AMD: Engineers Are Gradually Shifting to System-on-Chip Development Model

AMD’s High-Ranking Executive: There Are Benefits In Not Being AMD Veteran

by Anton Shilov
01/09/2013 | 06:12 PM

It is not a secret that Advanced Micro Devices has faced many headwinds with its recent restructuring and transformational efforts. However, it looks like the changes have actually begun at AMD as according to a high-ranking executive the company’s engineers have started to shift their way of thinking to system-on-chips from pure microprocessors.


“I am a big believer in using the best IP for a given application. It is because I am not a long-time AMDer. There is a mentality that if you're a long time AMDer that ‘we are x86, we know what we are doing and it is just about building better x86 devices’,” said Said Lisa Su, senior vice president and general manager of global business units at AMD, in a conversation with Reuters news-agency.

AMD is in process of transforming itself from a developer of central processing units and graphics processing units into a designer of custom system-on-chips that satisfy demands of broad markets. To address new markets, which require small form-factors and low power consumption, AMD is building highly-integrated chips and has even licensed ARM’ 64-bit processor designs, something it has not done in years.

In addition to shifting development efforts to system-on-chips, AMD is implementing the so-called ambidextrous strategy, which is designed to allow AMD to timely design innovative SoCs, but at the same time slowdowns overall performance growth.

The ambidextrous strategy implies usage of similar building blocks inside completely different chips. While it clearly lowers development costs, it also means that AMD will be unable to leap forward one particular product line. Each building block needs to be developed for a particular process technology to be efficient in terms of performance. At the same time, each building block needs to be tailored for different product designs to ensure high-performance across the board. Hence, to boost the speed of one product by taking advantage of a new manufacturing technology, AMD needs to redevelop virtually all building blocks it has and tailor them for all possible designs to ensure maximum performance and power-efficiency across the product family.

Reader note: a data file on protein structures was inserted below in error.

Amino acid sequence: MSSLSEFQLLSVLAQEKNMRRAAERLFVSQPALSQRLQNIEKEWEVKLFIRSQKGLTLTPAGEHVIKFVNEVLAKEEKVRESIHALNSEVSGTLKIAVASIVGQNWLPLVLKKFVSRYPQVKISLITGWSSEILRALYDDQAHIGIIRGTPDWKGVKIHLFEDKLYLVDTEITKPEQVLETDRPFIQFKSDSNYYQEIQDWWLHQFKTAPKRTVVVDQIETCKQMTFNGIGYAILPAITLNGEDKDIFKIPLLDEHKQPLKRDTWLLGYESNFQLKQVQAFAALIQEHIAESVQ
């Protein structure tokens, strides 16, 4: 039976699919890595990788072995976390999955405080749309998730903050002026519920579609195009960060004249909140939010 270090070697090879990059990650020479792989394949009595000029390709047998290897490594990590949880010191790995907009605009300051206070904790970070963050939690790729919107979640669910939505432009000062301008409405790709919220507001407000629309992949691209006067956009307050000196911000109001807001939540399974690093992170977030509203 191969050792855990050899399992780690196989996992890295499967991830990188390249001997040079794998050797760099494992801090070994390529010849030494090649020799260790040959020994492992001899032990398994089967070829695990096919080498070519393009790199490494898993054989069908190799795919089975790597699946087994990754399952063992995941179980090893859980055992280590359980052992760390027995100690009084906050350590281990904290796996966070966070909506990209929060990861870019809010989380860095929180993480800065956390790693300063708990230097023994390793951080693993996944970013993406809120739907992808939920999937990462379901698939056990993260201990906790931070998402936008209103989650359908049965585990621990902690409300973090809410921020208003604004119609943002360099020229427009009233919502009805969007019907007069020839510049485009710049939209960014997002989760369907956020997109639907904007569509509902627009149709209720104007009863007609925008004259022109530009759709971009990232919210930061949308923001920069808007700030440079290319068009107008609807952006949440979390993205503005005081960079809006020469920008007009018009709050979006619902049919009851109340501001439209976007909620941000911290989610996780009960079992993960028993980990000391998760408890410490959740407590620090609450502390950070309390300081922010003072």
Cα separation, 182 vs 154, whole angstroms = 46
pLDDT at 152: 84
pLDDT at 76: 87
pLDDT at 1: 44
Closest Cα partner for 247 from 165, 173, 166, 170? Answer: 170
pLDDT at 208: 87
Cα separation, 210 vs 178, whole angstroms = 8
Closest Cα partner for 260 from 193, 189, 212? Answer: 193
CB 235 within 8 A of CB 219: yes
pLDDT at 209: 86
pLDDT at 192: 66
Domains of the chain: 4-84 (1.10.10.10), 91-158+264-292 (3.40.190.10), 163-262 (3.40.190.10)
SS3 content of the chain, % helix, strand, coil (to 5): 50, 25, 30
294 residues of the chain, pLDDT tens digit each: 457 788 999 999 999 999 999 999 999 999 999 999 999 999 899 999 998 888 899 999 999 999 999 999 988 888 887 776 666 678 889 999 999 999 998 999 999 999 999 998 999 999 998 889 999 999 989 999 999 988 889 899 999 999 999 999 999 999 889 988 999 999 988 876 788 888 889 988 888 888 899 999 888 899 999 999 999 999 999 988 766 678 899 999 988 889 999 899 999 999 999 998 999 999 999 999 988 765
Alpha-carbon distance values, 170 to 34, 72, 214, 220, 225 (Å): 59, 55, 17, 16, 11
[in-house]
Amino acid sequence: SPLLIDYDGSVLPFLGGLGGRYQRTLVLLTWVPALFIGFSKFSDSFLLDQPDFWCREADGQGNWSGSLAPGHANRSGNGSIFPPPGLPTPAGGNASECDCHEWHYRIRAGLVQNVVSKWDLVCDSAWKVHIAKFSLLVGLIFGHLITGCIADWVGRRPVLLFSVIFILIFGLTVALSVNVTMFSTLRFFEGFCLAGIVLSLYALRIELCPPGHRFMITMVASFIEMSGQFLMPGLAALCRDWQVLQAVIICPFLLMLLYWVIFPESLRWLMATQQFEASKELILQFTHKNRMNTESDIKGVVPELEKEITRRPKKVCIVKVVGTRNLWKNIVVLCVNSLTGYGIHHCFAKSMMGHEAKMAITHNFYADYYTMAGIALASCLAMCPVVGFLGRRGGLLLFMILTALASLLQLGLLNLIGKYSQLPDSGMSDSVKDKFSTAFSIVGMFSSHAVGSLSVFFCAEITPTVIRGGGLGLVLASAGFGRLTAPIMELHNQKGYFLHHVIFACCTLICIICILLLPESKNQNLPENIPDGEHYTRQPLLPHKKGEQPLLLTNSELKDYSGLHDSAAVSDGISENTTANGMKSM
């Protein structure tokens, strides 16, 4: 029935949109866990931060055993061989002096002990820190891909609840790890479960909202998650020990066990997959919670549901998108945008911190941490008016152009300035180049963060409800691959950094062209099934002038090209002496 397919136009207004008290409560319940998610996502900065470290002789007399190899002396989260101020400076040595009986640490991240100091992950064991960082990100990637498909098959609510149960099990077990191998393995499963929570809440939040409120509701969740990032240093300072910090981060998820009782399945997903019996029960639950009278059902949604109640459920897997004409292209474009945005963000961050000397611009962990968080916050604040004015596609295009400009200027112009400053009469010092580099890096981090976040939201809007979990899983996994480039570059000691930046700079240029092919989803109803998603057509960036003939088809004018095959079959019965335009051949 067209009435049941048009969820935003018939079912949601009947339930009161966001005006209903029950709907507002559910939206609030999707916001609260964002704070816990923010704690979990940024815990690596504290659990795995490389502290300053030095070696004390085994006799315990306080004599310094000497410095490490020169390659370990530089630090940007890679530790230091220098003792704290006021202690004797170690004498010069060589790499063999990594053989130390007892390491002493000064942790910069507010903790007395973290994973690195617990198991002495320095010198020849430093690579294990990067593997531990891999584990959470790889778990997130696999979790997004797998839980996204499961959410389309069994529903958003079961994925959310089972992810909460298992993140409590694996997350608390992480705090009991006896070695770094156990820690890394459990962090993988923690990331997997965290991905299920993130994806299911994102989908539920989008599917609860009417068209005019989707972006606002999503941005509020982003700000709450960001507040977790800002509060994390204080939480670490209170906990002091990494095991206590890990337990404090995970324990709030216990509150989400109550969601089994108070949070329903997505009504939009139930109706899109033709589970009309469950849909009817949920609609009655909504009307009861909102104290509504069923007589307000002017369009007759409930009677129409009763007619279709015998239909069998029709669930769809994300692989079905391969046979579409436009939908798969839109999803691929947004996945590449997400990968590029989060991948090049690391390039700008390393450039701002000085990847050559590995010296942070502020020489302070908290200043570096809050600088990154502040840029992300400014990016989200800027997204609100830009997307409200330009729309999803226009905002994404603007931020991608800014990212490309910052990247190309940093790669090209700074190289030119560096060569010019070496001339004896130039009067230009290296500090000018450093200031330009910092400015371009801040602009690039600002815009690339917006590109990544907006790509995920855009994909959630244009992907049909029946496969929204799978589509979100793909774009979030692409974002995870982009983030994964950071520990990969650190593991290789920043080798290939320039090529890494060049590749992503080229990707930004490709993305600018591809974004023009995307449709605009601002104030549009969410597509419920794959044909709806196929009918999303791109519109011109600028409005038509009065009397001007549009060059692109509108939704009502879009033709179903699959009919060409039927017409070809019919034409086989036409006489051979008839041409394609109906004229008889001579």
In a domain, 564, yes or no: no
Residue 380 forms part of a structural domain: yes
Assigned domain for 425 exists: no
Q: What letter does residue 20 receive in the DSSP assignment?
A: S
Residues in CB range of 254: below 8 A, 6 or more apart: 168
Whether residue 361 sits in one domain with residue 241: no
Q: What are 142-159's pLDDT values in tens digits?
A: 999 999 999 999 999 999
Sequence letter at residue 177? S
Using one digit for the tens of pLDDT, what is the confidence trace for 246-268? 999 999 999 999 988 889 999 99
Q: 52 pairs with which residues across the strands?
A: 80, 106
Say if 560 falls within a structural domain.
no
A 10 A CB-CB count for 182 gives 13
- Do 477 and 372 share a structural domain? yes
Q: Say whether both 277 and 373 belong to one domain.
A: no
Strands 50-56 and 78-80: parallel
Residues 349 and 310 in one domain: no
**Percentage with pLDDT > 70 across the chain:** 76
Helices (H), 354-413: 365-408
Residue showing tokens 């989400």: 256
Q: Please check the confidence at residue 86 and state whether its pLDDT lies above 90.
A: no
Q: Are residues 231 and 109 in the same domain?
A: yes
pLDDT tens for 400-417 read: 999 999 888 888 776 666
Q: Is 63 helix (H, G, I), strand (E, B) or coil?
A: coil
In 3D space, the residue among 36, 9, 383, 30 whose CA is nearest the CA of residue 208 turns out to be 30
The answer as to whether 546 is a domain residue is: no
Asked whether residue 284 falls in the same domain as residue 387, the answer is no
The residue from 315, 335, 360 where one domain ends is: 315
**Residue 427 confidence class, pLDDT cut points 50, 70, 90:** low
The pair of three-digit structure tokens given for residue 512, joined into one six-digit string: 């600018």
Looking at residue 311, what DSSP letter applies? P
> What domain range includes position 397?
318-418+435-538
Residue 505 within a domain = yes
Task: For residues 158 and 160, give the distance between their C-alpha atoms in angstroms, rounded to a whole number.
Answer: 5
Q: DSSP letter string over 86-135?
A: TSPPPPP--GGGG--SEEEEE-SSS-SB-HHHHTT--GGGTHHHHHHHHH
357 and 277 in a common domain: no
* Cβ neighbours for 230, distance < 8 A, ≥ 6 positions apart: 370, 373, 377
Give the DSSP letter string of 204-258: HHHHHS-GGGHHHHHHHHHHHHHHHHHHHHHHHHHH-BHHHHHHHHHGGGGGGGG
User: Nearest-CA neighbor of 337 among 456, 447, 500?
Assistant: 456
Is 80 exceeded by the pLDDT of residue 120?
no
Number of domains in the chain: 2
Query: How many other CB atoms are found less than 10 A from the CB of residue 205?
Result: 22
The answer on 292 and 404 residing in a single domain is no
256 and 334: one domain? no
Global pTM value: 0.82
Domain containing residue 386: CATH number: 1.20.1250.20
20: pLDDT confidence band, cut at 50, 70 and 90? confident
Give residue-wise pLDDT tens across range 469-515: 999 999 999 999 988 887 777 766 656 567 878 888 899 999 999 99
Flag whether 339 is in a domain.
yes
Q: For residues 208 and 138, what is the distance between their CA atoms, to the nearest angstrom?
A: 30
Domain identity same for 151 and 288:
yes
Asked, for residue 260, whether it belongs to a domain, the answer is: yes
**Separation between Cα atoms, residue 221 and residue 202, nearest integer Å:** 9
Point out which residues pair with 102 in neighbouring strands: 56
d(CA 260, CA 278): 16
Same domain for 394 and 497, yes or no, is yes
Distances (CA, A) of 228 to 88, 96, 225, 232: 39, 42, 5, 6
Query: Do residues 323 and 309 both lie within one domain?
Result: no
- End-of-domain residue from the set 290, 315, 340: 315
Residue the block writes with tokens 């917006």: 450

Given the limited amount of engineers at the company, the firm will hardly be able to quickly respond to changing conditions and adopt the latest process technologies among the first ones, simply because its CPU/APU product lines will get too broad. AMD will have to be rather conservative with transitions to newer process technologies as they will require redevelopment of building blocks for numerous chips.


“Much of the transition over the past year is that now we are a system-on-a-chip company. That is the future and we will deliver the best technology for our growth markets,” said Ms. Su.

Unfortunately, AMD’s transition to SoC company is followed by massive layoffs as well as resignations of veteran engineers and executives. For some reason, many of former AMD employees flee to traditional SoC companies, such as Qualcomm or Samsung Electronics.